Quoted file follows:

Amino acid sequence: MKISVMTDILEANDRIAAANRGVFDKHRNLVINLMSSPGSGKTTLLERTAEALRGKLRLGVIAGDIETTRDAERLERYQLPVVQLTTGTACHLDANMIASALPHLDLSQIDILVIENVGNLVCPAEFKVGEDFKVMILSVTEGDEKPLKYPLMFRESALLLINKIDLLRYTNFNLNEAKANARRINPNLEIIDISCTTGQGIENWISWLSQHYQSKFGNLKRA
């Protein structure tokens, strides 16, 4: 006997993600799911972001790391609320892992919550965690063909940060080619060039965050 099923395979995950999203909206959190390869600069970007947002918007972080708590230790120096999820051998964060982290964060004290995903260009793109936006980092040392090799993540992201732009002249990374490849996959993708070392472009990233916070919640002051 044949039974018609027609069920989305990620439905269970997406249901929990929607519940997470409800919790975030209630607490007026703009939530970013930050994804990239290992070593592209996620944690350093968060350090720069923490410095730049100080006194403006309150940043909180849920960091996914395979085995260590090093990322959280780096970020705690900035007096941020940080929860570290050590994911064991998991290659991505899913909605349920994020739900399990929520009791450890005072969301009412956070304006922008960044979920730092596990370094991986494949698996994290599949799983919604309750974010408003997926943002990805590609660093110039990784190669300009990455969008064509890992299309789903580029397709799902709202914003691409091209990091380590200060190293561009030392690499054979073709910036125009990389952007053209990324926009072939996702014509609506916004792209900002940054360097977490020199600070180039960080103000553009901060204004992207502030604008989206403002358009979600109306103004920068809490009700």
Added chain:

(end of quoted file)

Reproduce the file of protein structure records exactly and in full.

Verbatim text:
Amino acid sequence: MKISVMTDILEANDRIAAANRGVFDKHRNLVINLMSSPGSGKTTLLERTAEALRGKLRLGVIAGDIETTRDAERLERYQLPVVQLTTGTACHLDANMIASALPHLDLSQIDILVIENVGNLVCPAEFKVGEDFKVMILSVTEGDEKPLKYPLMFRESALLLINKIDLLRYTNFNLNEAKANARRINPNLEIIDISCTTGQGIENWISWLSQHYQSKFGNLKRA
């Protein structure tokens, strides 16, 4: 006997993600799911972001790391609320892992919550965690063909940060080619060039965050 099923395979995950999203909206959190390869600069970007947002918007972080708590230790120096999820051998964060982290964060004290995903260009793109936006980092040392090799993540992201732009002249990374490849996959993708070392472009990233916070919640002051 044949039974018609027609069920989305990620439905269970997406249901929990929607519940997470409800919790975030209630607490007026703009939530970013930050994804990239290992070593592209996620944690350093968060350090720069923490410095730049100080006194403006309150940043909180849920960091996914395979085995260590090093990322959280780096970020705690900035007096941020940080929860570290050590994911064991998991290659991505899913909605349920994020739900399990929520009791450890005072969301009412956070304006922008960044979920730092596990370094991986494949698996994290599949799983919604309750974010408003997926943002990805590609660093110039990784190669300009990455969008064509890992299309789903580029397709799902709202914003691409091209990091380590200060190293561009030392690499054979073709910036125009990389952007053209990324926009072939996702014509609506916004792209900002940054360097977490020199600070180039960080103000553009901060204004992207502030604008989206403002358009979600109306103004920068809490009700």
Added chain: